Described on the dust-jacket flap as a companion to author/illustrator Brendan Wenzel's Caldecott Honor-winning

    , this new picture-book also explores perspective. Centering around the eponymous stone, the narrative here explores the stone's existence - the many uses it serves to various creatures in the wild, and the various positions it holds, depending upon the size and outlook of the being examining it. In the end, the stone sits and endures, while everything around it change

    Described on the dust-jacket flap as a companion to author/illustrator Brendan Wenzel's Caldecott Honor-winning

    , this new picture-book also explores perspective. Centering around the eponymous stone, the narrative here explores the stone's existence - the many uses it serves to various creatures in the wild, and the various positions it holds, depending upon the size and outlook of the being examining it. In the end, the stone sits and endures, while everything around it changes...

    The third picture-book that Wenzel has both written and illustrated, and the eighth he has worked on overall,

    pairs a simple but thought-provoking text that emphasizes the stone's many roles in the world it inhabits with gorgeous multi-media artwork. I don't know that this one struck me quite as strongly as

    , but there was something about it - perhaps a feeling of quietude, similar to what one feels when sitting still, out in the natural world? - that makes it very appealing. Recommended to fellow fans of Brendan Wenzel, and to anyone looking for lovely new picture-books about perspective and/or nature.

  • Lisa Vegan

    This title greatly appealed to me and I was expecting a meditative experience and it did sort of provide it for me. I do like how it shows perspective via how all sorts of creatures view and use the same stone in different ways. The stone remains stable, a constant, in an always changing and diverse world. I appreciated the concept. And the illustrations and gorgeous and huge and striking.

    I think I enjoyed the author/illustrator’s They All Saw A Cat book more than this one. It’s very similar in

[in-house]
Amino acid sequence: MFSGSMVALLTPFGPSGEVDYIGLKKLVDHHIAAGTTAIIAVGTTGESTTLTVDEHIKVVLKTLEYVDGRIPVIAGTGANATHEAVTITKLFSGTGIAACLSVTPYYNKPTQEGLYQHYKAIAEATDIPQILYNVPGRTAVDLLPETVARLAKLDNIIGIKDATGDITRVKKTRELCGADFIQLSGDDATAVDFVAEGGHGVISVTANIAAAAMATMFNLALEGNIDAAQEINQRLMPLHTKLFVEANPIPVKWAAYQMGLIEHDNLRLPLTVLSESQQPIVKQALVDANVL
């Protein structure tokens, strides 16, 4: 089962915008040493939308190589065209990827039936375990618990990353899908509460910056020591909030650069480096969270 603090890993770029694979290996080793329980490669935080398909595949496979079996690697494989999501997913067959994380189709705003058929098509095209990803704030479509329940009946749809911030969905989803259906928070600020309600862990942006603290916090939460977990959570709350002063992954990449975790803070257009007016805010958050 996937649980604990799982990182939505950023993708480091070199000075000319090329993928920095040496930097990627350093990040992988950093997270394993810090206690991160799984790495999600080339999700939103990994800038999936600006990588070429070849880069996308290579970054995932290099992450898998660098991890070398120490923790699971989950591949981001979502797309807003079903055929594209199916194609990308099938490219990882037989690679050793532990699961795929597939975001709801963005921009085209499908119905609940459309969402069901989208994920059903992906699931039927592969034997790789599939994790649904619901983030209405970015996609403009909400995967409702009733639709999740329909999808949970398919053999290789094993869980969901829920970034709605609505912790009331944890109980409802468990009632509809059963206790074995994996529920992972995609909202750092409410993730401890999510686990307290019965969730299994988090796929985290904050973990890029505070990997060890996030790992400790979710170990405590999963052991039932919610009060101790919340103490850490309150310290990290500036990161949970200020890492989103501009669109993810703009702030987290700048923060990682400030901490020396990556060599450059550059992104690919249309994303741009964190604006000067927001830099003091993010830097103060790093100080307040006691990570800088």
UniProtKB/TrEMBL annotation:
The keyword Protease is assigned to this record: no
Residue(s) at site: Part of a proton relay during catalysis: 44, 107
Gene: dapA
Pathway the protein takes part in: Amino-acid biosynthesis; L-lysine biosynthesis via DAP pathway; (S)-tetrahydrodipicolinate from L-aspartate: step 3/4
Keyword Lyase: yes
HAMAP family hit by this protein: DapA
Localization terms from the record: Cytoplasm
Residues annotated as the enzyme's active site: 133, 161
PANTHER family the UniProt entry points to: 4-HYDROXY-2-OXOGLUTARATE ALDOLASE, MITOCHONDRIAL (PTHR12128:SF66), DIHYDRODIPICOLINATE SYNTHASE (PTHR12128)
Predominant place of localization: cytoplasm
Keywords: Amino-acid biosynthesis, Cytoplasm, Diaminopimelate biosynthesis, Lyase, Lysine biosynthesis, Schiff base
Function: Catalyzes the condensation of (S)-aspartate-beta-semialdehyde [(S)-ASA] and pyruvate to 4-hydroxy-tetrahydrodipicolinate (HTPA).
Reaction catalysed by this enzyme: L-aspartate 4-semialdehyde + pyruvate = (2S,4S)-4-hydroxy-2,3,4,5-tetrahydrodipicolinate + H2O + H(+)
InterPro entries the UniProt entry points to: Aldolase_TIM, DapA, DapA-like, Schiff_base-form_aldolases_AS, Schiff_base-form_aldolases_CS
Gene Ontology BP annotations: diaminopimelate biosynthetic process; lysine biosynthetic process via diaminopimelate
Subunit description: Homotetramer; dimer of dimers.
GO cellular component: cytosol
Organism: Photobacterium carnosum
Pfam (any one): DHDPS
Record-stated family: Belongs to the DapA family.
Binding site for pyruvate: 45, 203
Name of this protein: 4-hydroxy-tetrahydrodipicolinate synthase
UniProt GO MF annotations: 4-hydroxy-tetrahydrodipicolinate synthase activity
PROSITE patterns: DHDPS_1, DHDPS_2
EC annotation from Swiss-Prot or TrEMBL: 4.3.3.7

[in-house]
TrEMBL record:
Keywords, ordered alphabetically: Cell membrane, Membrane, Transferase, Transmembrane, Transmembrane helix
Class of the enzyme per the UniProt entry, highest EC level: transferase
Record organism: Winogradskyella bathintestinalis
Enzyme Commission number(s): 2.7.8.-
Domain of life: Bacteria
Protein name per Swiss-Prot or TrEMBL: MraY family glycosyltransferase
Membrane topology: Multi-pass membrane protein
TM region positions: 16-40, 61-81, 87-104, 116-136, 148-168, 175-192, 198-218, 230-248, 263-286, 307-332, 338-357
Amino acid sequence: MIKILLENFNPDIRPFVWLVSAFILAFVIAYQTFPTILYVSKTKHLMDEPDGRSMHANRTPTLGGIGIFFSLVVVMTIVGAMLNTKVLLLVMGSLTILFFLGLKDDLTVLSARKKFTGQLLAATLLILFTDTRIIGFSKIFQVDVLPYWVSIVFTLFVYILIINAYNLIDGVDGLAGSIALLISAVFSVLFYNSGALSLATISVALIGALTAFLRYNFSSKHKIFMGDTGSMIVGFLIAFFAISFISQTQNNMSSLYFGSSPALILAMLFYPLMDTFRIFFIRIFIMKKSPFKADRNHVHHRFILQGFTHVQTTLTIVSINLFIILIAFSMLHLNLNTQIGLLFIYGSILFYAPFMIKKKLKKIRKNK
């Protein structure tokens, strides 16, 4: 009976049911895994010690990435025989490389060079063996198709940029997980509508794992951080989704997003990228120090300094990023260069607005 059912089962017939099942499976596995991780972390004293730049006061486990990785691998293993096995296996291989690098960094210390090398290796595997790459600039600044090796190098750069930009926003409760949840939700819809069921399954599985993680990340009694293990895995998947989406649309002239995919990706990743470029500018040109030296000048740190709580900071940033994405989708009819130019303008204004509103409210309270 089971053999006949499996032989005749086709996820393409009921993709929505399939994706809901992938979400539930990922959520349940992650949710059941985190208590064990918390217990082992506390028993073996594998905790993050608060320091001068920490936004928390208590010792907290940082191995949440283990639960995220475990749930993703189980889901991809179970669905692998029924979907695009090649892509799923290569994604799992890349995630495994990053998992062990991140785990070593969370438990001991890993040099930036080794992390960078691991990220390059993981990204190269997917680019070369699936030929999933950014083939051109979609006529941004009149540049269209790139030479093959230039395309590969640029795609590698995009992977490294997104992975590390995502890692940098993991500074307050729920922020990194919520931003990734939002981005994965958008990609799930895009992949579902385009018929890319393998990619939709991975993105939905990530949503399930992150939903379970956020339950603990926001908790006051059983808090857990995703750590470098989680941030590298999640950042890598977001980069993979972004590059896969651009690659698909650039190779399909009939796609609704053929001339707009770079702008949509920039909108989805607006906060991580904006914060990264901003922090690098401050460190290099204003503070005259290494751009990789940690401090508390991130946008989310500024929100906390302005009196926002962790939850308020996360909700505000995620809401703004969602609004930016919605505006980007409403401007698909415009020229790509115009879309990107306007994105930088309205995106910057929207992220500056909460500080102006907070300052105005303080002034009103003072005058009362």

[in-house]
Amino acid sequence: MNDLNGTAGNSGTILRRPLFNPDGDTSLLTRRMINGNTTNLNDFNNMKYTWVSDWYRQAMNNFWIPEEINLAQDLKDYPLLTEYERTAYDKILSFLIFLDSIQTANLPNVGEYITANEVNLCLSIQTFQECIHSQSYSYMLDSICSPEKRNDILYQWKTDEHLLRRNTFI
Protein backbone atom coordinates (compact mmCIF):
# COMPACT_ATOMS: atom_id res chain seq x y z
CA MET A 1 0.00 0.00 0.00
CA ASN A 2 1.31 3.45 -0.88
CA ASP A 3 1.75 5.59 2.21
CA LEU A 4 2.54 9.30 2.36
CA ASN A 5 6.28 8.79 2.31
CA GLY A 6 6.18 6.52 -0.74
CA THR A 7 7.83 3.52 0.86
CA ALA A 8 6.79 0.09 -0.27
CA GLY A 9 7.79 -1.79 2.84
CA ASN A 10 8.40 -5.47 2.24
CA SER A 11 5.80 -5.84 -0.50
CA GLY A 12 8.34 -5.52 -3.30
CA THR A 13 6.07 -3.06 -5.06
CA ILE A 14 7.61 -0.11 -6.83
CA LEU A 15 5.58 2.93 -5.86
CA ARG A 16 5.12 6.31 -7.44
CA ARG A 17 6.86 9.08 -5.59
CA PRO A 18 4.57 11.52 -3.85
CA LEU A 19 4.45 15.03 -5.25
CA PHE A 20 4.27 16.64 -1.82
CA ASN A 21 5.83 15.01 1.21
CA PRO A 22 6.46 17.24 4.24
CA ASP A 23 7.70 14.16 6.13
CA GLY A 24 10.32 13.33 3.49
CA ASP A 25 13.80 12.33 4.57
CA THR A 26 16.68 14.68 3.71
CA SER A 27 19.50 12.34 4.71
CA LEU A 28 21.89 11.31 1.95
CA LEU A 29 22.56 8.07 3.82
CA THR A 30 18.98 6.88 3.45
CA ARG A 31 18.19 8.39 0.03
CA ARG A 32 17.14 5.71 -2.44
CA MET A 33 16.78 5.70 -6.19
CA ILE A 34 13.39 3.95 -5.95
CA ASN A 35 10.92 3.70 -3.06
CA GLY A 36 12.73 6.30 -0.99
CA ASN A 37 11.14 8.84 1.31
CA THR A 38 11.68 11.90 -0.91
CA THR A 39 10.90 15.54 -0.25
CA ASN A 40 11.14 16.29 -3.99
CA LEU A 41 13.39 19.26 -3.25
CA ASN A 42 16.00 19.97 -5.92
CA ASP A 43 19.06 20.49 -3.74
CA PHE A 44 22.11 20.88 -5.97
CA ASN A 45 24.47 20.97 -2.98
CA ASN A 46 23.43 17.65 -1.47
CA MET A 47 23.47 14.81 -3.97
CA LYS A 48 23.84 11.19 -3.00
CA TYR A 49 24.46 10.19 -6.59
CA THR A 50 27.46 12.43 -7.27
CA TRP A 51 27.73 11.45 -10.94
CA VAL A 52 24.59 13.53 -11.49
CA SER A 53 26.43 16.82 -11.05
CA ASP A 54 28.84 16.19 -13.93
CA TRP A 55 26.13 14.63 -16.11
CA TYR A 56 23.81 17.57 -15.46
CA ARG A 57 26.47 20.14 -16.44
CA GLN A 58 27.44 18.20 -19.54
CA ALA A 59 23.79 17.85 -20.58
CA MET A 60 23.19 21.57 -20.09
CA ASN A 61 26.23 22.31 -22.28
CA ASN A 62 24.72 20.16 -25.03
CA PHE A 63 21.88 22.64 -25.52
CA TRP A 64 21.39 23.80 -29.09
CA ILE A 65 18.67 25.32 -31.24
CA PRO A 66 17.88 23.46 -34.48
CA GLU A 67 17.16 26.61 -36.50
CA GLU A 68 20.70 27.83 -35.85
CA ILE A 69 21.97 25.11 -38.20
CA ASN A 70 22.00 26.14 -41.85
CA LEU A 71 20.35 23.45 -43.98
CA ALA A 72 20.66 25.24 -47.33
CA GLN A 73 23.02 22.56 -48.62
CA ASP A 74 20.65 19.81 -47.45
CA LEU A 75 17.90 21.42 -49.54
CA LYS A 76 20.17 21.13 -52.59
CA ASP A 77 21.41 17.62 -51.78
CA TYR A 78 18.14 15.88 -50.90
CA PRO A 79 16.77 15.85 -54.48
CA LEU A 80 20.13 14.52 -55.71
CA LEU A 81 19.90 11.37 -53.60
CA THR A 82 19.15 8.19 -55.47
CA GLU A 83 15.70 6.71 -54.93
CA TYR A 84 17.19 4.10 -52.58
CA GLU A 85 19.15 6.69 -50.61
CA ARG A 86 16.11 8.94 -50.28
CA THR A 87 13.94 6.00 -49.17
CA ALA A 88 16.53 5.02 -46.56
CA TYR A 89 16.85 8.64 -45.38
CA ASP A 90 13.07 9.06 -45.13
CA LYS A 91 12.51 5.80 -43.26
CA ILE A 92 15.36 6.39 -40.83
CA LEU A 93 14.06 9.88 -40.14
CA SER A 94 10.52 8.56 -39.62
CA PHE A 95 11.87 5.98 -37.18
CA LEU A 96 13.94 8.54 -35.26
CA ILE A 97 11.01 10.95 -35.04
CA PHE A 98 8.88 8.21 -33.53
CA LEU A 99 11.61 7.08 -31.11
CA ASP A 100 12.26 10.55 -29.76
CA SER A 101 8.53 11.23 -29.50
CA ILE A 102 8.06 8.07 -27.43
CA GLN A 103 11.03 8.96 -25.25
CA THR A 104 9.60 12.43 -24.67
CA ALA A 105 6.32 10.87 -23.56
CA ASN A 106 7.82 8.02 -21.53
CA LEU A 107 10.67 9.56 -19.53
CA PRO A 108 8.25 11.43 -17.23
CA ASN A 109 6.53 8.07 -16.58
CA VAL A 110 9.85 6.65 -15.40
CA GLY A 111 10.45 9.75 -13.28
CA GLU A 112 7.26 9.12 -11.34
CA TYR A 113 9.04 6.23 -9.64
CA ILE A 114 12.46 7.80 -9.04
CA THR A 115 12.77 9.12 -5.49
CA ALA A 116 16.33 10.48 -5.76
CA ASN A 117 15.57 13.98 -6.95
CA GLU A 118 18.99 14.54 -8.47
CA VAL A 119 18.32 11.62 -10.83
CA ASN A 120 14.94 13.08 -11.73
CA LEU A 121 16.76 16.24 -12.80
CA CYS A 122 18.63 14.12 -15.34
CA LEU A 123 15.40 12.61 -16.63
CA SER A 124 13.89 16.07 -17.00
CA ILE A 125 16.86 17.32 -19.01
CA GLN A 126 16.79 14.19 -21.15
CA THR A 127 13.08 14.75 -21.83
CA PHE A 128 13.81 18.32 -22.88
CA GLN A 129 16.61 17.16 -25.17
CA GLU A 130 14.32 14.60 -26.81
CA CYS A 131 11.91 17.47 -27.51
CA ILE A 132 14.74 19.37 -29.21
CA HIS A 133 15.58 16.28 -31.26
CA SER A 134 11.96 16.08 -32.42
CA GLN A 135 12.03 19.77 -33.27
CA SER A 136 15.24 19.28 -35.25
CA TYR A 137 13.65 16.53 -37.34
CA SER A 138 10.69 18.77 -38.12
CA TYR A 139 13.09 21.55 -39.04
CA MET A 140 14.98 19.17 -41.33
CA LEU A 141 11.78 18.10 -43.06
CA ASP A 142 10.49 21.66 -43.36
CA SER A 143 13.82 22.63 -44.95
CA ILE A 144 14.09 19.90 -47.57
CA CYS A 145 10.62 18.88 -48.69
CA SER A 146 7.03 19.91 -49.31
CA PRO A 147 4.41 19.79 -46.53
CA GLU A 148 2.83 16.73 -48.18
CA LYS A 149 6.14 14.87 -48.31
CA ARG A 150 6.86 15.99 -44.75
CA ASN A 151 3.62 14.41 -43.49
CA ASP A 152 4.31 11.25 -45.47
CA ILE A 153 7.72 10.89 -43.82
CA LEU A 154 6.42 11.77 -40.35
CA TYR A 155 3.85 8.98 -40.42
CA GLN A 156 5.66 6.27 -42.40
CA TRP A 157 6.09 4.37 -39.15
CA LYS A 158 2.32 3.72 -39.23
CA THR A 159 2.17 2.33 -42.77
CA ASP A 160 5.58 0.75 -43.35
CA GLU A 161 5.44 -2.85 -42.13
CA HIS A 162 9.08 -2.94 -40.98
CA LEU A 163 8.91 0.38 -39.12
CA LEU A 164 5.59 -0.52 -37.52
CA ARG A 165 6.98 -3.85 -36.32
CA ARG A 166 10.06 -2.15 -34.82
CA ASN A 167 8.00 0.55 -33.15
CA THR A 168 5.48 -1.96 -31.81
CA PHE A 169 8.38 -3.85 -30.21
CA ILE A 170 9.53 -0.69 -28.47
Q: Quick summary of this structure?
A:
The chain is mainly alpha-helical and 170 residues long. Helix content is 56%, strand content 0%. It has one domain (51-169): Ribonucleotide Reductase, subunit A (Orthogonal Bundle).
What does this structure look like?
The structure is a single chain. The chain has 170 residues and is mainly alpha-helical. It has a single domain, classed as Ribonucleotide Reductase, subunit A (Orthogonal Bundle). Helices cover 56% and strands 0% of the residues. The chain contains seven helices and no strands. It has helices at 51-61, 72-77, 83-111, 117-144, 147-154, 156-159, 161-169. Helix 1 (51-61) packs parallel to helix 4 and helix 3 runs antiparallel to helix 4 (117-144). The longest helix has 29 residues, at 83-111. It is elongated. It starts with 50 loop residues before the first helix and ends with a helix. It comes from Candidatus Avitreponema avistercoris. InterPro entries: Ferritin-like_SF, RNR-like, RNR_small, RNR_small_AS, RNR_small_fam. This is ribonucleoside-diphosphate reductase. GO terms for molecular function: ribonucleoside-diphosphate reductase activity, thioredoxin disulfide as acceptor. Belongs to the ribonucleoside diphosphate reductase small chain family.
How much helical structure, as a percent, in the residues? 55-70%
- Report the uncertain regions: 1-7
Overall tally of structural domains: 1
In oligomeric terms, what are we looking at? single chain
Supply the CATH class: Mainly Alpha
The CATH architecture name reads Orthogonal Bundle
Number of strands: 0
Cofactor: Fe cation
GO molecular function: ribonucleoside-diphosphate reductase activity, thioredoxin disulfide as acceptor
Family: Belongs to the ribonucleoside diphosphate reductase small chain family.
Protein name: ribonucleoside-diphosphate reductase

This title greatly appealed to me and I was expecting a meditative experience and it did sort of provide it for me. I do like how it shows perspective via how all sorts of creatures view and use the same stone in different ways. The stone remains stable, a constant, in an always changing and diverse world. I appreciated the concept. And the illustrations and gorgeous and huge and striking.

    I think I enjoyed the author/illustrator’s They All Saw A Cat book more than this one. It’s very similar in what it presents. I didn’t really like the interactive line near the end “Have you ever known such a place?” though some children/other readers might appreciate it. I did like most of the rest of the spare text.

    3-1/2 stars

  • Reading Tam Ishly

    I simply loved this book because it has the potential for different perspectives of how and when we read it. It will be different for the children. They will enjoy the illustrations and the various animals and flora depicted in relation to the stone. And as for adults, I feel this book describes a home to me, a home in my own being. We as adults face different people of all kinds and get caught up in certain unavoidable life circumstances. I read this one hoping that I would enjoy the illustrati

    I simply loved this book because it has the potential for different perspectives of how and when we read it. It will be different for the children. They will enjoy the illustrations and the various animals and flora depicted in relation to the stone. And as for adults, I feel this book describes a home to me, a home in my own being. We as adults face different people of all kinds and get caught up in certain unavoidable life circumstances. I read this one hoping that I would enjoy the illustrations and wanted to catch up with my childhood days. But I reaped more than what I had intended for.

    I felt this book was really short. And so incomplete. I feel like a later half is coming up. But it just ended like I was enjoying all the party music but waiting for the slow dance moment which never came.

  • Brindi Michele

    I liked it, but it was a tad too long. Great for programs/storytimes for thinking outside the box of what things can be...such as the book

    or the one about a stick (the title is escaping me right now!).

  • Abby Johnson

    WOW! With gorgeous, muted, sometimes a little abstract artwork and a gentle, rhythmic, evocative text, this picture book presents a stone. Depending on the time of year or which animals are near, the stone can be different things: a pebble to a moose, a hill to a bug, etc. But the stone is also always itself, sitting where it sits as everything changes all around it. This is a great book to share ideas about perspective and how it changes and also mindfulness and seeing the possibilities in thin

    WOW! With gorgeous, muted, sometimes a little abstract artwork and a gentle, rhythmic, evocative text, this picture book presents a stone. Depending on the time of year or which animals are near, the stone can be different things: a pebble to a moose, a hill to a bug, etc. But the stone is also always itself, sitting where it sits as everything changes all around it. This is a great book to share ideas about perspective and how it changes and also mindfulness and seeing the possibilities in things. Pair with IF I WAS THE SUNSHINE for a philosophical reading session.